Cole said she doesn’t see a lot of wiggle room in the proposals. “It is significant that the budget options have not significantly changed,” she said. “That is, if we go to the rollback rate, which is a 1.08 percent increase, then we’ll have a $30 million deficit. Staff has given us options of cuts totaling approximately $45 million.”

 

She said the question is: To what extent should the city raise the property tax rate or cut services? “We’re early, early on in that process in getting citizen feedback and we definitely need to hear it. Council will not be presented with the budget until July 22, and will not set a tax rate until September. So there is plenty of time to contemplate what will or will not be cut and what tax rate we’ll ultimately set.”

 

Leffingwell said Monday that he plans a lot of studying, but he already has some ideas on what might have to go.

 

“We just got it (the proposed cuts) at 3pm,” he said.  “One thing that I’ve already asked for is a listing of all the “frill items.” As an example, he cited the Trail of Lights and First Night, and “other things that are nice to have, cultural events. Nobody would be talking about canceling these but finding other ways to pay for them or defer them. And I have a feeling that we’re going to be talking about several million dollars worth and that exercise has not been done.”

 

In April, the City Manager’s Office forecasted a $30 million to $43 million budget gap. The gap is a structural deficit, not simply a product of the troubled economy, so the proposed changes would be permanent, not temporary fixes for the 2010 budget. 


Suggested budget cuts from the Fire Department include the replacement of at least one “big truck” intended for battling fires that uses four firefighters with a “small truck” which uses two firefighters and responds to medical calls but can’t fight fires. McDonald said that between 70 and 80 percent of the calls that the Fire Department responds to are medical, and the smaller trucks have cheaper upkeep, are cost-efficient, and are more maneuverable than the larger trucks.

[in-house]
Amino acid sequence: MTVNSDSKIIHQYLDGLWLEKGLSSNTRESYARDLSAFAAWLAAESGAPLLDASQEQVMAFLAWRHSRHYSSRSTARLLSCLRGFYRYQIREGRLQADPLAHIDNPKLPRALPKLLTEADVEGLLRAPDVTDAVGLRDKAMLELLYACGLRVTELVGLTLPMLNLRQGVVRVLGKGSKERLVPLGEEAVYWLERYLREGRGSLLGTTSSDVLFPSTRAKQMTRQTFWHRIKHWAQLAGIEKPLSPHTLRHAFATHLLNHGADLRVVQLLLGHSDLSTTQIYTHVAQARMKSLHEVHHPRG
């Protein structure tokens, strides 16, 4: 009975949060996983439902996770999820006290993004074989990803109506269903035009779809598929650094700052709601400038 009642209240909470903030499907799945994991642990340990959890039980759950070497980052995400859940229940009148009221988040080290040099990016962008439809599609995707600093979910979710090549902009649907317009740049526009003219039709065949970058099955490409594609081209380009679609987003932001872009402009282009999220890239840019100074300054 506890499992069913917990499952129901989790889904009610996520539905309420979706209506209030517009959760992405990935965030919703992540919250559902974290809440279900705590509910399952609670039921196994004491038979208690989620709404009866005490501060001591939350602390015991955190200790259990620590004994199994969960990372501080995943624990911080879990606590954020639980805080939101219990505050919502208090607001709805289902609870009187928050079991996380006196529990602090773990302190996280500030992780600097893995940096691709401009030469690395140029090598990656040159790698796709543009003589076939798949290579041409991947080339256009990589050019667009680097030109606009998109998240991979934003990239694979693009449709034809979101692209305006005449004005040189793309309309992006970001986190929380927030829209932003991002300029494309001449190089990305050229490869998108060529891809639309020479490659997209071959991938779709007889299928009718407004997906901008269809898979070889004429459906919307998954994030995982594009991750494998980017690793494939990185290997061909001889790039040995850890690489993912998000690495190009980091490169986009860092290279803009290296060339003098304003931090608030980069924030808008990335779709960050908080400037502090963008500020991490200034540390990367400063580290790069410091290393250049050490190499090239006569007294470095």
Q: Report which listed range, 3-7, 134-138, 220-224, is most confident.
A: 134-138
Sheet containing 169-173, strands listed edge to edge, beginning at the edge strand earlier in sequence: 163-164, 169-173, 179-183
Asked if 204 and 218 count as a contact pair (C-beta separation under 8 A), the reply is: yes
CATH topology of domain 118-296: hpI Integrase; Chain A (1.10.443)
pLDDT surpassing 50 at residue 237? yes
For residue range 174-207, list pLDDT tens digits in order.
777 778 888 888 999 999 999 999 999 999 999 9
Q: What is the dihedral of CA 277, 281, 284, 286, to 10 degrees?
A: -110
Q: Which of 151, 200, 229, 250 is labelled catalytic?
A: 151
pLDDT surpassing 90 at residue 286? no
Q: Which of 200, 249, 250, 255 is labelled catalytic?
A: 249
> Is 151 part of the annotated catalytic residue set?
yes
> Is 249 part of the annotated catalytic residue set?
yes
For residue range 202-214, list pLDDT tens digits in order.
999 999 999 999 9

Another large line-item in the list of proposals is to cut funding by $700,000 for call-takers that handle non-emergency police calls, effectively eliminating 23 temporary positions. The department’s documentation states that such a move would delay the response time for those calls and could also have an impact on 911 services. The department predicts an increase in 911 calls as non-emergency callers become frustrated with a lack of response, and notes that “the increased emergency call volume will increase response times for APD, EMS and Fire.  An increase in citizen complaints is expected.”


Police and EMS contracts dictate raises of 2.75 percent, which amounts to $4.7 million in the 2010 budget. No raises are scheduled for other city employees in 2010, though there may be raises scheduled for the following years.